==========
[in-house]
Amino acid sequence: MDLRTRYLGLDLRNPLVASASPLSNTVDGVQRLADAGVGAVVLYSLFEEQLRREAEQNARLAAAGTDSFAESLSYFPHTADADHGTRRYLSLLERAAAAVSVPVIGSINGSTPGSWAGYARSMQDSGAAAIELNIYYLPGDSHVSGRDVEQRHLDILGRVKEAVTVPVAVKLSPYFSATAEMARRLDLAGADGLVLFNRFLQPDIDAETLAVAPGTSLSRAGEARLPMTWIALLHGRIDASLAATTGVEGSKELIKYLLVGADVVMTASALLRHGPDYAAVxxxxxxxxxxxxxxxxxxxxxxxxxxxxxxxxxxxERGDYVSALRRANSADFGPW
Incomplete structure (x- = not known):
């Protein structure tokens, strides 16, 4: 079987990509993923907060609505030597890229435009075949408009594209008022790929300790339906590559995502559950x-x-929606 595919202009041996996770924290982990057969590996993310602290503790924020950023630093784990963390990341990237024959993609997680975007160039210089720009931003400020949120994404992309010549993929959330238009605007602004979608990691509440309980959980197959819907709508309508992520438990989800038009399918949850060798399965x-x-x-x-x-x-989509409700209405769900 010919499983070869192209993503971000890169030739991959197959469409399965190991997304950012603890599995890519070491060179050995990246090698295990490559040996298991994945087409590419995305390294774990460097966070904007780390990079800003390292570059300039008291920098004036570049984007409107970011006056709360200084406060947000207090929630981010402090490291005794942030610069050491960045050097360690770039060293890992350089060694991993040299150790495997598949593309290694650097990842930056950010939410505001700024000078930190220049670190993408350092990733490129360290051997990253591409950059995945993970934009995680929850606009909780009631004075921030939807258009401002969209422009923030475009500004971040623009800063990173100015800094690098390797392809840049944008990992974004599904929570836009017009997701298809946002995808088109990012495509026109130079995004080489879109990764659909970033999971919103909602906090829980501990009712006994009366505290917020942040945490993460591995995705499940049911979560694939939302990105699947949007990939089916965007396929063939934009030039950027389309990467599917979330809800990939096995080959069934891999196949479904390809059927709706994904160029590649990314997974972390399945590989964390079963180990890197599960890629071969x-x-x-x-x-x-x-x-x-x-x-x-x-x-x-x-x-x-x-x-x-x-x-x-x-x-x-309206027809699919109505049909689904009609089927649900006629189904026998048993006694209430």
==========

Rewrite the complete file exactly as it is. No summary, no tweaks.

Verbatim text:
[in-house]
Amino acid sequence: MDLRTRYLGLDLRNPLVASASPLSNTVDGVQRLADAGVGAVVLYSLFEEQLRREAEQNARLAAAGTDSFAESLSYFPHTADADHGTRRYLSLLERAAAAVSVPVIGSINGSTPGSWAGYARSMQDSGAAAIELNIYYLPGDSHVSGRDVEQRHLDILGRVKEAVTVPVAVKLSPYFSATAEMARRLDLAGADGLVLFNRFLQPDIDAETLAVAPGTSLSRAGEARLPMTWIALLHGRIDASLAATTGVEGSKELIKYLLVGADVVMTASALLRHGPDYAAVxxxxxxxxxxxxxxxxxxxxxxxxxxxxxxxxxxxERGDYVSALRRANSADFGPW
Incomplete structure (x- = not known):
């Protein structure tokens, strides 16, 4: 079987990509993923907060609505030597890229435009075949408009594209008022790929300790339906590559995502559950x-x-929606 595919202009041996996770924290982990057969590996993310602290503790924020950023630093784990963390990341990237024959993609997680975007160039210089720009931003400020949120994404992309010549993929959330238009605007602004979608990691509440309980959980197959819907709508309508992520438990989800038009399918949850060798399965x-x-x-x-x-x-989509409700209405769900 010919499983070869192209993503971000890169030739991959197959469409399965190991997304950012603890599995890519070491060179050995990246090698295990490559040996298991994945087409590419995305390294774990460097966070904007780390990079800003390292570059300039008291920098004036570049984007409107970011006056709360200084406060947000207090929630981010402090490291005794942030610069050491960045050097360690770039060293890992350089060694991993040299150790495997598949593309290694650097990842930056950010939410505001700024000078930190220049670190993408350092990733490129360290051997990253591409950059995945993970934009995680929850606009909780009631004075921030939807258009401002969209422009923030475009500004971040623009800063990173100015800094690098390797392809840049944008990992974004599904929570836009017009997701298809946002995808088109990012495509026109130079995004080489879109990764659909970033999971919103909602906090829980501990009712006994009366505290917020942040945490993460591995995705499940049911979560694939939302990105699947949007990939089916965007396929063939934009030039950027389309990467599917979330809800990939096995080959069934891999196949479904390809059927709706994904160029590649990314997974972390399945590989964390079963180990890197599960890629071969x-x-x-x-x-x-x-x-x-x-x-x-x-x-x-x-x-x-x-x-x-x-x-x-x-x-x-309206027809699919109505049909689904009609089927649900006629189904026998048993006694209430």